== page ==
Dylan Tallchief is a YouTube blogger who creates music and “damn remakes.” In November 2019, he showed that you can record songs even in Microsoft Excel – the program was essentially turned into a drum machine.
The program itself does not generate sound, but the spreadsheet in this case acts as a MIDI controller that starts the sounds in the sequence prescribed in Excel. To do this, Tollchief uses the “x” markers, which he places in the cells attached to a particular tool. In the table, you can adjust the playback speed and bit rate.
Dylan did not hide that this is not the most convenient way to create music. According to him, he just thought that Excel is somewhat similar to specialized programs like Ableton or FL Studio.
In February 2020, Tollchief introduced an improved version of “Musical Execl,” which he nicknamed xlStudio. This time, with the help of the table, the blogger made a cover for the song a-ha by “Take On Me”. He registered the melody in a separate editor, but set the sequence of notes in Excel. The principle remained the same as in the case of the drum machine, but the project greatly increased in scale.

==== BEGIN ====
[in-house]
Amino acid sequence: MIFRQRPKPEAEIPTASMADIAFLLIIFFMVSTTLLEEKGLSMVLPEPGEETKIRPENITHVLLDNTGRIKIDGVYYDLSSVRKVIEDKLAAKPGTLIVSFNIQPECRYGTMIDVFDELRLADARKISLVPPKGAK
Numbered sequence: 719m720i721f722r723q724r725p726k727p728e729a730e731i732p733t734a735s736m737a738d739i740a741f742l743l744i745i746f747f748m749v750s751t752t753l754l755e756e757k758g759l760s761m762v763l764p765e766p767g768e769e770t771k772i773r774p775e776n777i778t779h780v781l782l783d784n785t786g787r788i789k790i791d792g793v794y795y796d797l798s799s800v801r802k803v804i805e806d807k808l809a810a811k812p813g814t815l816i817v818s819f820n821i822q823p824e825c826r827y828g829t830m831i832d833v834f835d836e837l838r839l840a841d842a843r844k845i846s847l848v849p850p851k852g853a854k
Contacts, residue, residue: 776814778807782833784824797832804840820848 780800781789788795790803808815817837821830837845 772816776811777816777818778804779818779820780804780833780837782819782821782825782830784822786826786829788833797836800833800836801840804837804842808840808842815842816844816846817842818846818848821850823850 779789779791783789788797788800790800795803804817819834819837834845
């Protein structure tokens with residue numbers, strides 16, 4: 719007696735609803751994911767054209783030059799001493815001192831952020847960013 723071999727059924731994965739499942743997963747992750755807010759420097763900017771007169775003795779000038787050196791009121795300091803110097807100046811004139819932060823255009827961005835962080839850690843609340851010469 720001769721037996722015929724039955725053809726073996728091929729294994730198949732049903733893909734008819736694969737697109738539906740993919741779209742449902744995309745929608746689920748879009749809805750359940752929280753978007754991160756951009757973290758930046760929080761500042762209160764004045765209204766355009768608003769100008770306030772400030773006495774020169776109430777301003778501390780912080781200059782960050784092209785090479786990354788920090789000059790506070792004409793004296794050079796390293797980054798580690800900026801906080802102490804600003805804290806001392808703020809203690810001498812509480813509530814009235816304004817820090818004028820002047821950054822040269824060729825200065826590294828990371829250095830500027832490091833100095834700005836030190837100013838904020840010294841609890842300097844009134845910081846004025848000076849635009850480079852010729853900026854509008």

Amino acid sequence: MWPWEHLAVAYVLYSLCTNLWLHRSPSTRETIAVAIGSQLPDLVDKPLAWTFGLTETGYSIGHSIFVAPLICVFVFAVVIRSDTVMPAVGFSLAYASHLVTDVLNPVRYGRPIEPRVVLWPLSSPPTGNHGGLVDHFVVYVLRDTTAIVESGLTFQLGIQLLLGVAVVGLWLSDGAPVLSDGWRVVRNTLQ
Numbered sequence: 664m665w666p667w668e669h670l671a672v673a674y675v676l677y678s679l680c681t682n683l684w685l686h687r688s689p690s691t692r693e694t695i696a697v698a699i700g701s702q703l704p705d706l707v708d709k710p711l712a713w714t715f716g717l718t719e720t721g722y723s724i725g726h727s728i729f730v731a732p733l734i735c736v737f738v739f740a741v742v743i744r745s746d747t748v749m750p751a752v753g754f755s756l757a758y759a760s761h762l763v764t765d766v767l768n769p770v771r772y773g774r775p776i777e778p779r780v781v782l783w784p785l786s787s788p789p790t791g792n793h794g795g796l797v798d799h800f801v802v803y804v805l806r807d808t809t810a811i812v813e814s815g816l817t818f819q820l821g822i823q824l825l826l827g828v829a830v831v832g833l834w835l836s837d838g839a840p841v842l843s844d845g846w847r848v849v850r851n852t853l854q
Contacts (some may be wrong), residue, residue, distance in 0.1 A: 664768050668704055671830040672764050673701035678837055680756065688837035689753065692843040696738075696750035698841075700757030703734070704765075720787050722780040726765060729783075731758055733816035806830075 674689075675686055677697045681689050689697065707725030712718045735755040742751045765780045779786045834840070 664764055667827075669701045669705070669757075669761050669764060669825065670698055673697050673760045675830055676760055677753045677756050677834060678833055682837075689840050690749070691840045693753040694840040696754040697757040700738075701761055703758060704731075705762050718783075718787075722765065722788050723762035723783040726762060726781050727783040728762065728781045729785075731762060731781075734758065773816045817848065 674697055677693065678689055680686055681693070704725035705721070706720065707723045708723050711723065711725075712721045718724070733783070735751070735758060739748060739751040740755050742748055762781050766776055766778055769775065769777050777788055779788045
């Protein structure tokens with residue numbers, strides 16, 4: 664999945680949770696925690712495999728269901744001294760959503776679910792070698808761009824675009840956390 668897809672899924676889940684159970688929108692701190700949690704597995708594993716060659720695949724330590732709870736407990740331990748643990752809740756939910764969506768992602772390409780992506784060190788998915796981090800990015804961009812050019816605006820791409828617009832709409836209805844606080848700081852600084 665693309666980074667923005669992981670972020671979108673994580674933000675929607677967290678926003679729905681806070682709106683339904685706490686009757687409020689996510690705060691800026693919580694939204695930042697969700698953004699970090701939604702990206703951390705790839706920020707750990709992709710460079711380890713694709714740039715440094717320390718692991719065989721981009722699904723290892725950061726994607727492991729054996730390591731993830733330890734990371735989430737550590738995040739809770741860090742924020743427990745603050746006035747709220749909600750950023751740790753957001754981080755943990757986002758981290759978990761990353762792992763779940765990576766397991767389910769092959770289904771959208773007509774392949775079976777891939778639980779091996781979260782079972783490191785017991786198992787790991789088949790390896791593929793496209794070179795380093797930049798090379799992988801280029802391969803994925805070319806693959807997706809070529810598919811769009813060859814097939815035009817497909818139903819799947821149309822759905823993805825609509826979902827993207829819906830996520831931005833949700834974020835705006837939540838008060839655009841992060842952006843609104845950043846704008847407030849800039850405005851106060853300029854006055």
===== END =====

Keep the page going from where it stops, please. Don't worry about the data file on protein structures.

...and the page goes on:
Of course, xlStudio is faced with limitations in functions that have long been in specialized programs. Tollchiff noted that he worked on creating music at Excel because “it is no longer a meme, but a sad reality.” You can download the spreadsheet with your own sequence to check Excel features.
In the comments on YouTube, “Musical Excel” was received with humor.
Me: “Let’s take Ableton.” Mom: “We have Ableton at home.” Ableton Home:
But can you make excel in a music recording program?
Interview: “So, how would you describe your level in Excel?” / “YES”